Core Mechanic

Core Mechanic

Having set the scene in general terms, I’d like to start getting into the details of how I want the game to work. The core mechanic I plan to use for Kannagara is as follows.

For every significant action, the player rolls a number of six-sided dice. She keeps some of them, and adds the values shown to get a total. This total is the mechanical result of the action.

So, for example, the player might roll seven dice, and get 6, 6, 5, 4, 3, 2, 1. She might then keep the highest four dice (6 ,6, 5, 4), for a total of 21. Alternatively, she might keep the lowest four dice (4, 3, 2, 1), for a total of 10.

Personae have numerical characteristics, just as in most roleplaying games. In many cases, one of these characteristics is the number of dice to roll, while another is the number of dice to keep.

If the number of dice to roll is higher than the number to keep, this is straightforward. Roll the indicated number of dice, and keep the highest dice for the total. So, if the two characteristics are 7 to roll and 4 to keep, the player rolls seven dice and keeps the highest four; the 21 total in the example.

If the number of dice to roll is lower than the number to keep, the number of dice actually rolled changes. Add twice the difference between the two numbers to the lower number, and roll that number of dice. In this case, the player keeps the lowest dice for the total. So, if the two characteristics are 1 to roll and 4 to keep, the player rolls seven dice, and keeps the lowest four. She keeps four because the characteristic determining the number of dice to keep is 4, and that doesn’t change. She rolls seven because 4–1 is 3, and one plus twice three is seven.

In this system, the number of dice you keep determines how well you can do. The number of dice you roll determines how likely you are to be at the top or bottom end of that range. In the example, the player has exactly the same range of possible results in both cases: any number between 4 and 24, inclusive. However, when she rolls seven and keeps the best four, she is much more likely to get a result at the top end of that range, while rolling seven and keeping the worst four puts her much nearer the bottom.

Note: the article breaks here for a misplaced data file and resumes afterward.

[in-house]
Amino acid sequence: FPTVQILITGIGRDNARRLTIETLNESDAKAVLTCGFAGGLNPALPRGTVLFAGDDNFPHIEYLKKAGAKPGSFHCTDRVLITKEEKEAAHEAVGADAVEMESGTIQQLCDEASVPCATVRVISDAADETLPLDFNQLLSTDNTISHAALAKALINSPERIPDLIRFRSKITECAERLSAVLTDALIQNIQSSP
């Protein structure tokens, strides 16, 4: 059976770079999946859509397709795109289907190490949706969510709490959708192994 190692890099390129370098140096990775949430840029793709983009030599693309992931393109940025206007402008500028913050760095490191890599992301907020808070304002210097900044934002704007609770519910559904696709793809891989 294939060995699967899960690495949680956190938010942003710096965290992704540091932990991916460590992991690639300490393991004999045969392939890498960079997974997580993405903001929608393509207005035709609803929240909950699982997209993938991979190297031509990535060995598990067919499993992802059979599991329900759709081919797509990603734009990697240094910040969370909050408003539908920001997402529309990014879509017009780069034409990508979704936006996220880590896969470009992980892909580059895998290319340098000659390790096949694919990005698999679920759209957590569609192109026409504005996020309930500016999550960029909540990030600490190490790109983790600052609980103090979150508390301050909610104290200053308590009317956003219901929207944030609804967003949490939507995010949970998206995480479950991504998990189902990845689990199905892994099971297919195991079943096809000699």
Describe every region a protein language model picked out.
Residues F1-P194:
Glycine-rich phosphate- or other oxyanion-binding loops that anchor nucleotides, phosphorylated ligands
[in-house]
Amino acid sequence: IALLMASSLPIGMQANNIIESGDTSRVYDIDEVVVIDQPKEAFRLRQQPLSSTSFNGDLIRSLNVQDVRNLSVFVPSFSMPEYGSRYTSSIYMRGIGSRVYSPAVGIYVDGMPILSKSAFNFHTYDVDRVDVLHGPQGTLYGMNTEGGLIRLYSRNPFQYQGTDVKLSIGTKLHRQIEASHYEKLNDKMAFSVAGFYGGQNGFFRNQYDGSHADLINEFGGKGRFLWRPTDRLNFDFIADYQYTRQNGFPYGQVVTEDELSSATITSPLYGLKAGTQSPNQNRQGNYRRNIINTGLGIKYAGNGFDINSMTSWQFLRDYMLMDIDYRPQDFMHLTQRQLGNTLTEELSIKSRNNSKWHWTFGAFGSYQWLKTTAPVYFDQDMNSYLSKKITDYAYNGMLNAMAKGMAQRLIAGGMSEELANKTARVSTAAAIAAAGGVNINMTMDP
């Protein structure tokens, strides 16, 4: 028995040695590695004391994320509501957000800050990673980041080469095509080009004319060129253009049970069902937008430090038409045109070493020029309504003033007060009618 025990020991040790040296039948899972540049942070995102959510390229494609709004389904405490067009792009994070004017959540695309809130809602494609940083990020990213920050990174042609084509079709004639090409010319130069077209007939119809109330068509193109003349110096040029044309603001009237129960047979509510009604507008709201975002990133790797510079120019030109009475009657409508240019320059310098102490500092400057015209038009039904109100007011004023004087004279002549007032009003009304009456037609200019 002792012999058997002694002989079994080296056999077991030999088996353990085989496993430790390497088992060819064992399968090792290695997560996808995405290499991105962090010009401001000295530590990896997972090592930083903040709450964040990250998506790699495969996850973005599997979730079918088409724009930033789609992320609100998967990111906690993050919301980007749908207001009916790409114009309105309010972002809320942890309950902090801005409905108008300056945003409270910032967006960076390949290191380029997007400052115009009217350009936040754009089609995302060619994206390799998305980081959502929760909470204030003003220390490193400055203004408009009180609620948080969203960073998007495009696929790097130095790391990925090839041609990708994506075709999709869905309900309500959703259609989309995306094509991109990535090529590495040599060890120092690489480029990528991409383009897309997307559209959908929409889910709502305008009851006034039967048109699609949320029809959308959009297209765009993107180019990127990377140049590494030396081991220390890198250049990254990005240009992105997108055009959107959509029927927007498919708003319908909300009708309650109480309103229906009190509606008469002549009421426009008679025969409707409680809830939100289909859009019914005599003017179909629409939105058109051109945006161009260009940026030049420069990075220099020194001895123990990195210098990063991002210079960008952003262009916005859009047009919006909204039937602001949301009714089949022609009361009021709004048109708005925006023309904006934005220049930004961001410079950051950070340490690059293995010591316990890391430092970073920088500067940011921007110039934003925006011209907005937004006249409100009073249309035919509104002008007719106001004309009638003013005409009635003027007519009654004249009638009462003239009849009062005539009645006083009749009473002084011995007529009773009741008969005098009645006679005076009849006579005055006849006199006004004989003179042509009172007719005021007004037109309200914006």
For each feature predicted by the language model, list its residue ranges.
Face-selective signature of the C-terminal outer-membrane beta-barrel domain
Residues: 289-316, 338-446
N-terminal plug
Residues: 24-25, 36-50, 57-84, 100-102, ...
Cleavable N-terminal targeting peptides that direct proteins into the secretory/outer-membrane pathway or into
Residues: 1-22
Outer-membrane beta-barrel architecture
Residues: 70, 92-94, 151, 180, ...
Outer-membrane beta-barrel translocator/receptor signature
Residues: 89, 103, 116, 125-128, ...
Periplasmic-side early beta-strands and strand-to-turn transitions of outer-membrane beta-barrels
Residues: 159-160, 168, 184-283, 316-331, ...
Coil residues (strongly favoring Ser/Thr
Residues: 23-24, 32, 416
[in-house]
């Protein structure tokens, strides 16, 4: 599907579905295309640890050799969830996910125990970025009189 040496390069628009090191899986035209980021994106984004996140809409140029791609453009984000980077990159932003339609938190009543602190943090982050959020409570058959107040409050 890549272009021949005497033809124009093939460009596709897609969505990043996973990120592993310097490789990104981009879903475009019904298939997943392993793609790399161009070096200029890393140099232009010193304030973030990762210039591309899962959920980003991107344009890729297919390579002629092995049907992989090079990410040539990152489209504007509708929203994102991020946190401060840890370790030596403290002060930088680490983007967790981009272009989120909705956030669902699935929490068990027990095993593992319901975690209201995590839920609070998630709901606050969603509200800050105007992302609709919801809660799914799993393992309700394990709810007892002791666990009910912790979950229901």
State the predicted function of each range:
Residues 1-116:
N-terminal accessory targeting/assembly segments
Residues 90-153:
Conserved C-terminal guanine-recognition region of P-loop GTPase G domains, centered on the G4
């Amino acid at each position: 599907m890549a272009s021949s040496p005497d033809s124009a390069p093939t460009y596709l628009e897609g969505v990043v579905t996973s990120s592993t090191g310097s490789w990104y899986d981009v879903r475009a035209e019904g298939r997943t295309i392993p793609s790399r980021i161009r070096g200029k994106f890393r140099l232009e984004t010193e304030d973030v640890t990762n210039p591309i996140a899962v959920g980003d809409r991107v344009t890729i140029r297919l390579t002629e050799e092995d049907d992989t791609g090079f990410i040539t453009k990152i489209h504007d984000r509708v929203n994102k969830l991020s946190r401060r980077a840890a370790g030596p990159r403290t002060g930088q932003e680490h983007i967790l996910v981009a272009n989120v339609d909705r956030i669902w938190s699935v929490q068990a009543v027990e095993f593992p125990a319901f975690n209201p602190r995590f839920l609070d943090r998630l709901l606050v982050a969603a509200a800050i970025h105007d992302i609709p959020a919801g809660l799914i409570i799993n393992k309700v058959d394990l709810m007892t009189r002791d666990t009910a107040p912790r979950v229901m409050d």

The numbers of dice are not always set by characteristics. In fact, it might be more common for one to be set by other features of a situation. However, the core mechanic does not change; one number determines the number of dice to roll, and the other determines the number of dice to keep.

The plan is to use this mechanic for everything that includes a chance of failure, or where it is necessary to determine the degree of success. That might be a single action, but it might also be part of a larger action. Larger actions that are a common part of the game, such as creating things, will have a common structure, so that these rolls are always put together in the same way. This consistency should make it much easier to learn the game.

So far, however, I have said nothing about what happens after the player rolls the dice. That will be the topic of the following posts.

3 thoughts on “Core Mechanic

  1. Very nice mechanism! If you’re not very good at a difficult task, you’ll do it very badly; if you’re equal to the task, you’ll do it averagely well; and if you’re good at it, you’ll do better than most. Also, you get to roll lots of dice, which is always a Good Thing ™.

    Here’s a suggestion, however:

    For tests where you have fewer dice to roll than to keep, perhaps consider rewording the rule as, “Add the difference between the two numbers to the higher number”. The system remains mechanically identical, but you have removed one equation, which is simpler. “She rolls seven dice because 4-1=3, and 4+3=7”, is more straightforward than “1+((4-1)*2)=7”.

    1. Camo, thanks for the comment. I like the rephrasing; it’s something I’ve had a lot of trouble with. The rule is basically simple, but every time I write it down, it looks really complicated. Your version looks simpler, so I’ll probably use something like that.

  2. Oh, I second the rephrasing. That was the only paragraph I needed to read about three times to have down. (and I was thinking of explaining it and my head hurt. 😉 )

Leave a Reply

This site uses Akismet to reduce spam. Learn how your comment data is processed.

%d bloggers like this: